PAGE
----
Sunday here is characterized by softly falling rain, which announced itself at 0100 as crashing, pouring rain. Snug in our home, we can consider the benefits to the grounds, but the incoming rainstorm seriously disrupted our weekend plans for etching and priming the next batch of airplane parts. Due to the mild toxicity of the etchant and primer, we do that outdoors, under one of those 10′ x 10′ canopies you can buy at garden stores. We hang the parts from hooks created from sacrificed coat hangers, and have at them with a Graco-Croix CX9 turbine sprayer.
This batch of parts comprised the remaining horizontal stabilizer parts (including the skins) and the internal formers and other small parts for the fuselage tail cone, basically the body of the plane from behind the seats to the tail. We were up against a hard deadline: a storm arriving at midnight, and wet weather for the rest of the week. If we wanted to have parts to rivet, we were going to have to get a-priming. But the prep was extensive and onerous: there were thousands of holes to deburr, for instance. And we didn’t get started until after noontime. The Blogbrother flitted in from time to time and pitched in as your humble servant prepped the parts, including parts separation, deburring and some parts prep.
The project seemed to stretch off to a vanishing point in the far distance, while the storm system loomed ever closer. At about 2000 we still had some hope of spraying by the remaining natural light.
And then, the last inch of masking tape rolled off the center of the roll. We’d learned the lesson — mask the outside rivet holes — on the vertical stabilizer and rudder skins, where we had bad runs of paint through the holes. (We’re only priming the internals at this point. External priming will be done by the paint shop that paints the finished plane). At this hour, it was Walmart or nothing, so off to Walmart — where we ran into several delays, including Plaintiff II and a chatterbox of a lady from Russia who was very hard to end a conversation with, at least, politely. She and her family come from an hour away in Massachusetts to shop (6.25% sales tax difference, you would too). Her son was, in the way of youth everywhere, mortified by his mom’s gabbiness.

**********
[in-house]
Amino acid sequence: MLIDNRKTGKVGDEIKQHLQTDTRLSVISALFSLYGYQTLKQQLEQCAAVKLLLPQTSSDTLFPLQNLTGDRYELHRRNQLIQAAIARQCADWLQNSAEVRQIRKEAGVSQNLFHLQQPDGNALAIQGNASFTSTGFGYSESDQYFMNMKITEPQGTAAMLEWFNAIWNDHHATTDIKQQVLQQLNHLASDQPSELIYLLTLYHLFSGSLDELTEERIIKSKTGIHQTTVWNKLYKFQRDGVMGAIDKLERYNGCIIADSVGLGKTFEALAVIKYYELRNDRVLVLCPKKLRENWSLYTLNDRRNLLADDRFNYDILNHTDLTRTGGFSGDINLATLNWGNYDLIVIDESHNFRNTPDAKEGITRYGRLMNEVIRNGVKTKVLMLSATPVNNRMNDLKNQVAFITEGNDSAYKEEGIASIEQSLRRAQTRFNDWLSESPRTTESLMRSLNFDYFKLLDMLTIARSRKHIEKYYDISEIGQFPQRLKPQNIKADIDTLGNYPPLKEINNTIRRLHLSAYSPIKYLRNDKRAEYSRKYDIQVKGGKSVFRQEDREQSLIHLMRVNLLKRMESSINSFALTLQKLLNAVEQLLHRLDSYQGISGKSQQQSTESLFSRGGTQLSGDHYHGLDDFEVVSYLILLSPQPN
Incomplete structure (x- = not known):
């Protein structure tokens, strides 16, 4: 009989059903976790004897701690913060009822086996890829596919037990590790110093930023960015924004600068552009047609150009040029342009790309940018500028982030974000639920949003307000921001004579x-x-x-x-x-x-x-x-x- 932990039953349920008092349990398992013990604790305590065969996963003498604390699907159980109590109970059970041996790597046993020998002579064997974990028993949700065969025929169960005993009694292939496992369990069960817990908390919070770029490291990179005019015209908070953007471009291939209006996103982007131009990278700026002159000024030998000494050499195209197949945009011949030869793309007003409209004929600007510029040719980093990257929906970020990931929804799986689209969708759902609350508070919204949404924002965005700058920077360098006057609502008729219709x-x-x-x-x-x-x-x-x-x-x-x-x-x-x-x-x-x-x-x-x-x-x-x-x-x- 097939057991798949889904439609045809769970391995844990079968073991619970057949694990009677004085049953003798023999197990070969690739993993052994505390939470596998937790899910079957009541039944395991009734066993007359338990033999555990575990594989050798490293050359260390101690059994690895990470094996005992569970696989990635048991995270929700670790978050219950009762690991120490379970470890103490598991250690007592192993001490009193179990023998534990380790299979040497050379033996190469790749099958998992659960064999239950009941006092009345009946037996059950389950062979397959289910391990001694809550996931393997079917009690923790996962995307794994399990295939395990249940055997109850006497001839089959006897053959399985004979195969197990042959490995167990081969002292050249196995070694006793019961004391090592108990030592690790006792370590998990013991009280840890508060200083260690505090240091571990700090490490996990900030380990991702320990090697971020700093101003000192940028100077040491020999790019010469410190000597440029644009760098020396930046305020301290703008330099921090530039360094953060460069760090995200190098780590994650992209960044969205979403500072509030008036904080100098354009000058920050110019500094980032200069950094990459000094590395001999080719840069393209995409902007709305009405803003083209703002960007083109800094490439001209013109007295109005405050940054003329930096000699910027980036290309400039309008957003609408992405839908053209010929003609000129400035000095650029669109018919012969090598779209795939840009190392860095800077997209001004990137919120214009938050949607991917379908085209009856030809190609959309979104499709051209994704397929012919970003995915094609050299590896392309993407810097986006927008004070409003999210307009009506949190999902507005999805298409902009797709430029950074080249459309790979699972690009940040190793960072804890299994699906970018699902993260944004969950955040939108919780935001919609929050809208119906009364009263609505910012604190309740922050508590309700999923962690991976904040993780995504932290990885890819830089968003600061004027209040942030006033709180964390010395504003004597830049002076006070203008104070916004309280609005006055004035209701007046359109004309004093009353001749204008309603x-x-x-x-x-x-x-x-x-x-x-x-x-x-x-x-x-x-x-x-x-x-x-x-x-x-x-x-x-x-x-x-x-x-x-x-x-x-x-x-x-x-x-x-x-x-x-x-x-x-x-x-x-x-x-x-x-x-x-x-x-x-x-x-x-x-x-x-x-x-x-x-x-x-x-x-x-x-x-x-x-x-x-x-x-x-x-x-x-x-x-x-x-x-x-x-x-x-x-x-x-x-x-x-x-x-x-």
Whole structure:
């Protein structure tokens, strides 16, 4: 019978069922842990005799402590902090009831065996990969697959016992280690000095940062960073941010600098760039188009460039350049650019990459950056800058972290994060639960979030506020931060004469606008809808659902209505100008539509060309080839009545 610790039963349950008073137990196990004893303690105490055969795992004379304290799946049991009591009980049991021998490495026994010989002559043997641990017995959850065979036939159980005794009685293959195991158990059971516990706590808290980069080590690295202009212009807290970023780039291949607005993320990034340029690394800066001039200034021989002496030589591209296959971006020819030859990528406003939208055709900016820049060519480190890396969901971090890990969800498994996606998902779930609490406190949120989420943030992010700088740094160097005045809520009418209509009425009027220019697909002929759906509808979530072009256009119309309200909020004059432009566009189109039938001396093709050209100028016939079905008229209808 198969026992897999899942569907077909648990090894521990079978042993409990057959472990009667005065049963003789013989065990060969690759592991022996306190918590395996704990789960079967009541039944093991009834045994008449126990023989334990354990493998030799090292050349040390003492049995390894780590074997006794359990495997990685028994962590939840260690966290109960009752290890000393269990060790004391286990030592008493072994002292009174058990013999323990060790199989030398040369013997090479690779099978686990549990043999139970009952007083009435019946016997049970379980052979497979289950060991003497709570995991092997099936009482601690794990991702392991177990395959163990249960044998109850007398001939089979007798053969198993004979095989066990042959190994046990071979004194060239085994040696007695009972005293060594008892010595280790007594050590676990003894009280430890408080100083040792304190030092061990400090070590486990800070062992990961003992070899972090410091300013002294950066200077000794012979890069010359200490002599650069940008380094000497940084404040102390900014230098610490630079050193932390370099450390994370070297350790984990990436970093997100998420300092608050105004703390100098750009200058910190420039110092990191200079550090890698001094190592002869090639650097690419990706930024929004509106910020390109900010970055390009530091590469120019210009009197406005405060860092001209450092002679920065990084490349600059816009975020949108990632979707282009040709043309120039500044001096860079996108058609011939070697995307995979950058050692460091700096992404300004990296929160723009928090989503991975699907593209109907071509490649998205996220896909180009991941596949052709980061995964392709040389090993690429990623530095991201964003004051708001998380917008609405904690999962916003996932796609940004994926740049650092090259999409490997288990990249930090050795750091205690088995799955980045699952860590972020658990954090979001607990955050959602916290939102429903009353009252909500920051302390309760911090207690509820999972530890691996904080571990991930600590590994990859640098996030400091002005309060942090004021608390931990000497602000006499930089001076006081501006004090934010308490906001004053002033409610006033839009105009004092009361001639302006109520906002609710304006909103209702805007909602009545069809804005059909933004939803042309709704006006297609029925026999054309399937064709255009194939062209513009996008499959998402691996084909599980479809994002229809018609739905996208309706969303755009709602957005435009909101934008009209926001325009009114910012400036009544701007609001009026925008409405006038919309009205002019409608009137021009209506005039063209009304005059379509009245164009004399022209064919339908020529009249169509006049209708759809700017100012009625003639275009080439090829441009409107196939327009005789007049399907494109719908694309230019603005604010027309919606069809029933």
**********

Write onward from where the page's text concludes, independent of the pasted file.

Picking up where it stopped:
Hey, enjoy her while you’ve got her, malchik.
So it was 2130 and darker than your typical NAACP leader (heh) when we got back to the work in progress, to find the Blogbrother patiently working — he’d showed up with the exact two things we needed, a work light and another roll of blue painters’ tape.
With the tape we’d brought as well, both of us were able to work, as the saying goes, si-mon-taneously, and we were soon ready to spray, which we did. Then he wanted to hang around and wait for the parts to dry… we had stuff to so, so sent him away, and later, pulled the parts into the garage. Sometime today they’ll migrate to the workshop. It looks like they’ll be going through the house, if the rain doesn’t let up. Inspecting the parts today, they’re pretty good. There are a few places where we missed a flange or a hook masked a piece of structure from receiving an even coat — we’ll fix those with a rattle can later (there is no consequence to mixing colors or formulas of aircraft primer, the book says, and since this is internal structure mismatched colors are of no consequence).
We still owe you the TW3 from yesterday, which is waiting on us to finish the Saturday Matinee, which we also owe you. Maybe after we do a bike ride (on the Expresso, not in the steady rain). They’ll be backdated and appear above this post.
Thanks, ever, for reading and for commenting.
Kevin was a former Special Forces weapons man (MOS 18B, before the 18 series, 11B with Skill Qualification Indicator of S). His focus was on weapons: their history, effects and employment. He started WeaponsMan.com in 2011 and operated it until he passed away in 2017. His work is being preserved here at the request of his family.